04/11/2012 10:51 am ET Updated Jun 11, 2012

Local Couple Teaches You How to Paint Your Ancestors... and Relax!

Rick and Ronda with mother and daughter in painting class

Rick and Ronda Hyman with mother and daughter in painting class.

Nelson Mandela would be proud to know that there are white South Africans here in Los Angeles asking an African-American couple, Ronda and Rick Hyman, into their homes to teach them how to preserve their family histories through paintings... art which promotes love of family and other ethnic groups! These friends of mine, a lovely talented couple who teach Angelinos to paint, say that anyone can learn to paint... and it will provide a deep, satisfying emotional release which will flow over into your everyday life.

"The notion that you can preserve your family history by painting a loved one from a family photograph using acrylics on canvas has led us into a wonderful new adventure with a group of South Africans here," said Rick and Ronda at dinner last night. Their painting classes have been legendary among my friends for years, with Rick -- the world-famous artist -- and Ronda, his 'muse,' conducting painting classes for local residents.

Teen-age Girls in Hyman's painting classs

Girls in Hyman's painting class.

But their current activity with a large group of South Africans, adults and children, in and around Calabasas and Woodland Hills, is something special.

"A large group of Jewish ladies from South Africa and Israel, along with their energetic teen-age daughters, asked us to give them painting lessons. Then we expanded to painting parties for the 10-12 year olds in the family groups. What's astonishing is that these adults and children have become addicted to painting their families and ancestry," said Ronda. Rick then broke in to add:

They learn so much about themselves and their past, their heritage. We began with using old photos of their ancestors in South Africa, and have expanded to pictures of current family members.

They explained that no prior art experience is necessary to take their classes. What interested me deeply was their revelation that these classes really slow people down and make them relax as they use another side of their brains and go deep within themselves. Ronda went on:

Before the class, many of them talk about how hectic their week has been and how they have looked forward to coming to this painting class to relax. One said to me, 'I really needed this today.'

Rick said that during the adult painting classes, there is much music, meditation, conversation... and painting. All of them come away from the experience jubilant and pleasantly surprised by the outcome of their creations. They laughed as they described the teen class of several 13-year old girls.

One girl painted herself with her boyfriend at her Bat Mitzvah party, while another painted her heart throb, Bruno Mars. She says she plans to marry him one day. Another painted a seascape with a lighthouse, and one painted herself walking down a country road. They are so proud to show their parents their completed work when they come to pick them up. Then they take them home and hang their canvases on the wall. Remember, these are kids who have never painted before, but some will continue into adult life.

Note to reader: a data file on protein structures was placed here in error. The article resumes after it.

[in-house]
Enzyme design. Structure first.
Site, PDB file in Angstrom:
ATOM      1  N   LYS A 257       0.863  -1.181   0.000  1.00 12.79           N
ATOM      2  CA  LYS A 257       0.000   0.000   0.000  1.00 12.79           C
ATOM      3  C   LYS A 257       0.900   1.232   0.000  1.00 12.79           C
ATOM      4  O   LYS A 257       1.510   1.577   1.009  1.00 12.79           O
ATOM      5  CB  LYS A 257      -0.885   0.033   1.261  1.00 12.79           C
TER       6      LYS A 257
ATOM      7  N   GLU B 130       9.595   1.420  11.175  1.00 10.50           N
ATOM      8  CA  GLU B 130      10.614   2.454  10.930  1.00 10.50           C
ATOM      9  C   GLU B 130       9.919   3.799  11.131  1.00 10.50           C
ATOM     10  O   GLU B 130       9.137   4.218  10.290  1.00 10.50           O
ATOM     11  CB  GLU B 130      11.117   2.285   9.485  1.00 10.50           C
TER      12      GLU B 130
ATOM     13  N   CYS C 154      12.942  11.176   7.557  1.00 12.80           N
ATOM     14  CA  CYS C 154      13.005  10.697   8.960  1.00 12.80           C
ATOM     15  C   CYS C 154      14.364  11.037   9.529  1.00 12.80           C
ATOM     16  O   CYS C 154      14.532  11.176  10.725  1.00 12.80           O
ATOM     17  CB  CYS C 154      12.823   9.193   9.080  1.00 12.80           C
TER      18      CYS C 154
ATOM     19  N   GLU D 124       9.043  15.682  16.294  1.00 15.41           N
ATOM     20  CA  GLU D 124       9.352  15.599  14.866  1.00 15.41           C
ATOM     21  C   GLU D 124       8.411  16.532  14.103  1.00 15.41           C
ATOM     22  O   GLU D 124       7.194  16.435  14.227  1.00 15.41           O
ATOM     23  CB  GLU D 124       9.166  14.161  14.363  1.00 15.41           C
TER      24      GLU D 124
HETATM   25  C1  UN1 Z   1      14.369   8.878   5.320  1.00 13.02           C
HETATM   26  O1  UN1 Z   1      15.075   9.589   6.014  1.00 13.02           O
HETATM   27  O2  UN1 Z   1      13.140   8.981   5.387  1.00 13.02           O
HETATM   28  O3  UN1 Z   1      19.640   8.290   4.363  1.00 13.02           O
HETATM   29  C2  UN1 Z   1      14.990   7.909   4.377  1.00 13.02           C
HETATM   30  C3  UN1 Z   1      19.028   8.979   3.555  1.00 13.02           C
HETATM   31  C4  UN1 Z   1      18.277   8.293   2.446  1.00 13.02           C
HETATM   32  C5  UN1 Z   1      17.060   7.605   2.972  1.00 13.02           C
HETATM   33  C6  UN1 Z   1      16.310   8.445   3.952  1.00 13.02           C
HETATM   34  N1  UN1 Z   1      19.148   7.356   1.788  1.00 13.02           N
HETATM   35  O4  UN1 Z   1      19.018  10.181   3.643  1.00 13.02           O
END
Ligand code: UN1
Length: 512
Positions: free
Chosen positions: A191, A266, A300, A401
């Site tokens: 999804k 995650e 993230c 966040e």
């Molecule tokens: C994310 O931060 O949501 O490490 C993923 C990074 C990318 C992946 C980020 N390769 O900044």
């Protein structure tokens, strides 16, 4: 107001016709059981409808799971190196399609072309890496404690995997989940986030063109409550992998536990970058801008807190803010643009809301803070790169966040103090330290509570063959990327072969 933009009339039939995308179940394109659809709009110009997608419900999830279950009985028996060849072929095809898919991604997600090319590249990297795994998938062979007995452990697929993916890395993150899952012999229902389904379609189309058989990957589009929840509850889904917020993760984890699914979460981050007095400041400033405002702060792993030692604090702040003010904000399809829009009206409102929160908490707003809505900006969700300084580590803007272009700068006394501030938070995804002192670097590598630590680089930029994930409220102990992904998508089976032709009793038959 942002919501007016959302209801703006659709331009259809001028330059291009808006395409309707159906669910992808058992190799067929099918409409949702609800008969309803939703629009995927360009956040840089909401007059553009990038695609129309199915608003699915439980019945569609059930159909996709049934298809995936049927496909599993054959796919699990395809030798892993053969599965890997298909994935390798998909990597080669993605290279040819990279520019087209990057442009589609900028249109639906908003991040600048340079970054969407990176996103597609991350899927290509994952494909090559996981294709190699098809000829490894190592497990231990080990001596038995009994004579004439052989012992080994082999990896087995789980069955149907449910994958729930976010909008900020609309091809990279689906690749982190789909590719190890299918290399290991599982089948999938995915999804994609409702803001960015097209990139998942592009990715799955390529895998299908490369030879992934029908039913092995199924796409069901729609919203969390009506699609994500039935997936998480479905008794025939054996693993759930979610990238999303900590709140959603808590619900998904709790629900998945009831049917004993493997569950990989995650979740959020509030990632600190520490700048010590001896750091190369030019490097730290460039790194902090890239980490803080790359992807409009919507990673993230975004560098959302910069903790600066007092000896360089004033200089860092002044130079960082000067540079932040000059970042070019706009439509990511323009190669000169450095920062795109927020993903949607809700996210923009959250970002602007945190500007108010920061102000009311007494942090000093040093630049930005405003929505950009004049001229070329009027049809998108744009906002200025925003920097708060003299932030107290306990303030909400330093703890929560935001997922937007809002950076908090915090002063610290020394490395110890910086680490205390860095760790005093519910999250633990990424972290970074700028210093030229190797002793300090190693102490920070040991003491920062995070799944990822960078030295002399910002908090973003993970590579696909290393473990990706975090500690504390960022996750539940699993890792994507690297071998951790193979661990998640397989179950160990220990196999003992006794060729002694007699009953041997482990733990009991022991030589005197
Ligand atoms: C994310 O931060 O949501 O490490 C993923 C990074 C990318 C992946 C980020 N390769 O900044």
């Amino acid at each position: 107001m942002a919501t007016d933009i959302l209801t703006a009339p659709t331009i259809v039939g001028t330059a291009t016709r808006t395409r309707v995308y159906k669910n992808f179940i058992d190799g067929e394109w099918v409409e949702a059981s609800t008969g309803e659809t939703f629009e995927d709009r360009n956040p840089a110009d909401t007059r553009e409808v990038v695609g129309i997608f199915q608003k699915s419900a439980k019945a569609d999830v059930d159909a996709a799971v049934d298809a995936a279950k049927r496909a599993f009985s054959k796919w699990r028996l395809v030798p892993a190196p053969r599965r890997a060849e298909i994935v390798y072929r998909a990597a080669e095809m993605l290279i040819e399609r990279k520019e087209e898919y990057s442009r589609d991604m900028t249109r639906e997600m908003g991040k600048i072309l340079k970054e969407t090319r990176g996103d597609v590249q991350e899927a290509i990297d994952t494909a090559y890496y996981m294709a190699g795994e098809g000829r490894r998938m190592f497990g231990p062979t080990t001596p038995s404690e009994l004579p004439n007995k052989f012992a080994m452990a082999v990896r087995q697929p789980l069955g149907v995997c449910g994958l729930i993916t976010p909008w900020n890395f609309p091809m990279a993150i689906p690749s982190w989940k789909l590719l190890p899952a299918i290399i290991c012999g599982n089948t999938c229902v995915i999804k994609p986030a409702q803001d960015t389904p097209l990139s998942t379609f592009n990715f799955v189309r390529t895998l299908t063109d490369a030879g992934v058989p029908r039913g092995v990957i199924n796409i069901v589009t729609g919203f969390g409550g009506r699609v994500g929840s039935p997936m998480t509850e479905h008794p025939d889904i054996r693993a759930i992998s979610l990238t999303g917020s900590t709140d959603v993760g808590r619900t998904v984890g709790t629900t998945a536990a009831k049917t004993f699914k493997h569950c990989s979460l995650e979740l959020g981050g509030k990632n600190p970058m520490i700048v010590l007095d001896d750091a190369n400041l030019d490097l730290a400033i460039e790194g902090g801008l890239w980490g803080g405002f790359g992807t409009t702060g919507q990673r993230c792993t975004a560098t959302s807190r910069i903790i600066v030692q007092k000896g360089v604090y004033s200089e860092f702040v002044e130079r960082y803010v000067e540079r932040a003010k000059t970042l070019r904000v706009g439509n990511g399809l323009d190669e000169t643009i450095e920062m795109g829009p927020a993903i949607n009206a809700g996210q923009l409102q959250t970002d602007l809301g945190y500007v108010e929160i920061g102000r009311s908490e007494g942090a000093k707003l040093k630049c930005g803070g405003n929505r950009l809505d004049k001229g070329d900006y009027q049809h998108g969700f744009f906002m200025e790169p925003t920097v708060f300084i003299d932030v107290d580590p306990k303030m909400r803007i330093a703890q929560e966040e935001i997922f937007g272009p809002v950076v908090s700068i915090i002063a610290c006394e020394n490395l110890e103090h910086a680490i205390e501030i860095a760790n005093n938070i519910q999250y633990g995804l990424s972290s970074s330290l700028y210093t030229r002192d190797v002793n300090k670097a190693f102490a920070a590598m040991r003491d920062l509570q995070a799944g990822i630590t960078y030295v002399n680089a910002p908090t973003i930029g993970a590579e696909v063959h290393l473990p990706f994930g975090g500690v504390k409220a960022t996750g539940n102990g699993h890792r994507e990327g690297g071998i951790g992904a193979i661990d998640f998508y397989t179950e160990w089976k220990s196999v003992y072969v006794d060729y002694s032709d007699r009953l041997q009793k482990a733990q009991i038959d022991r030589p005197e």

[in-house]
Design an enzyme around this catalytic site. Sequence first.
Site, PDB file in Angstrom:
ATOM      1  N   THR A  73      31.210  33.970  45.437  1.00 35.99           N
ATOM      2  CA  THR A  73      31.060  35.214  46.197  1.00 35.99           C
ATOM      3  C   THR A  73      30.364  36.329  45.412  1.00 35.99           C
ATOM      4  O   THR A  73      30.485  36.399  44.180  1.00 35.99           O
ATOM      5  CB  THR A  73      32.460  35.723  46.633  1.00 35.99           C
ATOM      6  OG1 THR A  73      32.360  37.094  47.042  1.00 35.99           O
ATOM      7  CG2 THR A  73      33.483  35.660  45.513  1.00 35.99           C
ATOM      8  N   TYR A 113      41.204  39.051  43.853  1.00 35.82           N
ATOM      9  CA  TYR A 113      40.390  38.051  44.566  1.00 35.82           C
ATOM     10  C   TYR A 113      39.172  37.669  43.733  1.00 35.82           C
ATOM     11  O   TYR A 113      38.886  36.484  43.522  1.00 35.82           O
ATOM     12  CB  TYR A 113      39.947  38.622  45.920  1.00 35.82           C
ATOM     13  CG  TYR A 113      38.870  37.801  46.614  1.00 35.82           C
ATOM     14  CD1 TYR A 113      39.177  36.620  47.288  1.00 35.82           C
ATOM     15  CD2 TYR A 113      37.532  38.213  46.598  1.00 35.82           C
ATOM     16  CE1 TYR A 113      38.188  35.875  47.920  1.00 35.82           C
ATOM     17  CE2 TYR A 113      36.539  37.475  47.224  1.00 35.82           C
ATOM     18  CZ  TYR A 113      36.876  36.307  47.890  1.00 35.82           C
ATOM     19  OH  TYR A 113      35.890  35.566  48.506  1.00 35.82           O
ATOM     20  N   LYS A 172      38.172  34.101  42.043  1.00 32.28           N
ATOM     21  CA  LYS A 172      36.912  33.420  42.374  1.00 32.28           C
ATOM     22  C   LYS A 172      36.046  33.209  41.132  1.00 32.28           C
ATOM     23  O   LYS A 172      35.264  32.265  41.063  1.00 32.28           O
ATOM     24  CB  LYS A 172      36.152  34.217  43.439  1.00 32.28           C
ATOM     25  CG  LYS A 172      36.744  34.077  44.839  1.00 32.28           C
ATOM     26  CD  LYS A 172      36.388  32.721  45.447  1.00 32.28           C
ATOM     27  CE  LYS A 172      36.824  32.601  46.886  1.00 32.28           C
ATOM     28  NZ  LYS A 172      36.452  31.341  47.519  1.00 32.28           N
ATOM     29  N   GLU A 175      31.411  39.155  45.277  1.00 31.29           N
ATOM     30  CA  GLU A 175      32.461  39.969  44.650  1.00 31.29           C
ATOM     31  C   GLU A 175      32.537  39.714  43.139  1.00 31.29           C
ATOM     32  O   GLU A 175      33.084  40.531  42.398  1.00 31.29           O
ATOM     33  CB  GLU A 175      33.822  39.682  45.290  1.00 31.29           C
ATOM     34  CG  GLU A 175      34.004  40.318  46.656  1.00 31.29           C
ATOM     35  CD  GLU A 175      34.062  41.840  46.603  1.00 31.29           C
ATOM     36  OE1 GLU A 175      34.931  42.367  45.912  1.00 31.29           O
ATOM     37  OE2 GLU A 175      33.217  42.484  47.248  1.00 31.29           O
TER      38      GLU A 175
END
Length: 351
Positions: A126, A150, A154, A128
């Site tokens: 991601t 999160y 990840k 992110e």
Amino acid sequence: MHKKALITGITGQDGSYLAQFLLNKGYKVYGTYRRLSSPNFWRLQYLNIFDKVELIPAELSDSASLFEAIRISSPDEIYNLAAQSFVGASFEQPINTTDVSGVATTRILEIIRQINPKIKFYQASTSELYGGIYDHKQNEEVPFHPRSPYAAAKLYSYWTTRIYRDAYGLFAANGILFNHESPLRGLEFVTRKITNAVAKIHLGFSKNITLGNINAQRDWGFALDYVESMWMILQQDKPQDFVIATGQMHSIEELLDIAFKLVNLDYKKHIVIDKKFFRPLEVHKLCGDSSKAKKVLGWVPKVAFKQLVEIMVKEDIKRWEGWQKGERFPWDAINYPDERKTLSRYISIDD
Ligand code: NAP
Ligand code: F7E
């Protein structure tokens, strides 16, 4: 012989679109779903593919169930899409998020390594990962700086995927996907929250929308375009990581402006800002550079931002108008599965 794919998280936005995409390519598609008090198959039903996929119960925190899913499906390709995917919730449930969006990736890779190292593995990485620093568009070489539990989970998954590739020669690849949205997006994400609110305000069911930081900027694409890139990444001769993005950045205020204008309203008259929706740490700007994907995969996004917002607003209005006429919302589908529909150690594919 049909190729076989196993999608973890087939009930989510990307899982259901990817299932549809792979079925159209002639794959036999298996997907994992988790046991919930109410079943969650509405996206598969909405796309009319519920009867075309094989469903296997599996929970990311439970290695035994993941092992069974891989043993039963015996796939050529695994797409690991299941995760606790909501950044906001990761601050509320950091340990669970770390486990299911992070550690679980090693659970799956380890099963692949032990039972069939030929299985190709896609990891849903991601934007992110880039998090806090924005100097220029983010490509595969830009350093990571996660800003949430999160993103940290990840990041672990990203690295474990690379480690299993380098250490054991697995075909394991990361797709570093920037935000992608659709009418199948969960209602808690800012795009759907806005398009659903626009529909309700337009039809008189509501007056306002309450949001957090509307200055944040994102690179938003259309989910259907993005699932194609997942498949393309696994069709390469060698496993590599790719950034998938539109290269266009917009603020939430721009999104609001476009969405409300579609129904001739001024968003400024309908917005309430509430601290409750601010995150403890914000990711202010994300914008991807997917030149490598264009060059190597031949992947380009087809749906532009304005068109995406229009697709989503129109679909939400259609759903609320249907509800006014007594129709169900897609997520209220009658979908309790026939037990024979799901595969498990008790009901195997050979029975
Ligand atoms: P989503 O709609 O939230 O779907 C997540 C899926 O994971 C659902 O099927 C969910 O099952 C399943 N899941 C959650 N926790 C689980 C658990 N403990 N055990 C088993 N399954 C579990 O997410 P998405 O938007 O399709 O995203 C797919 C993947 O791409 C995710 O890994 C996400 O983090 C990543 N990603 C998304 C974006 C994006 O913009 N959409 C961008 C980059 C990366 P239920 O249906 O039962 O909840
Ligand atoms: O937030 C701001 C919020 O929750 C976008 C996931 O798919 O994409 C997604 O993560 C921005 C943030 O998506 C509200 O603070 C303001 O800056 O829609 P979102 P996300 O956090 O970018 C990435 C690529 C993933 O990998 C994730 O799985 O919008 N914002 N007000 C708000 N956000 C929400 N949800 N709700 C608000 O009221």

birthday painting class

Birthday painting class.

Rick Hyman's new book cover

Cover of Rick Hyman's new book.

I will be going to the L.A. Times Festival of Books on April 21 and 22nd at the USC Campus, Section T3, Booth 422 to help Rick and Ronda (818-477-2407, celebrate their new book, My Texas Family: An Uncommon Journey to Prosperity. This book began with hundreds of photographs taken by Rick's relative from 1912 to 1927, which the artist then reinterpreted on canvas. He has preserved in this book his family history by creating large colorful paintings from their treasured collection of 300 black-and-white family photos on their oil land in LaGrange, Texas.

Rick told me that after the Civil War, his ancestors were freed in Virginia and then set out on a perilous journey in covered wagons across the wilderness to Texas, with only 120 family members surviving. But the story changes for the better when, one generation out of slavery, his great-grandfather Henderson Martin prospered and owned over 2,000 acres of oil land, silver, jewelry and four Model T Ford automobiles in Texas and drove a different one to church every Sunday for a month in the early 1900s. A reproduction of Rick's first historical family painting that he did in 1996 from a 1920s family photo titled "My Texas Family" hung on the living room wall of the TV sitcom, Cosby. That's impressive.

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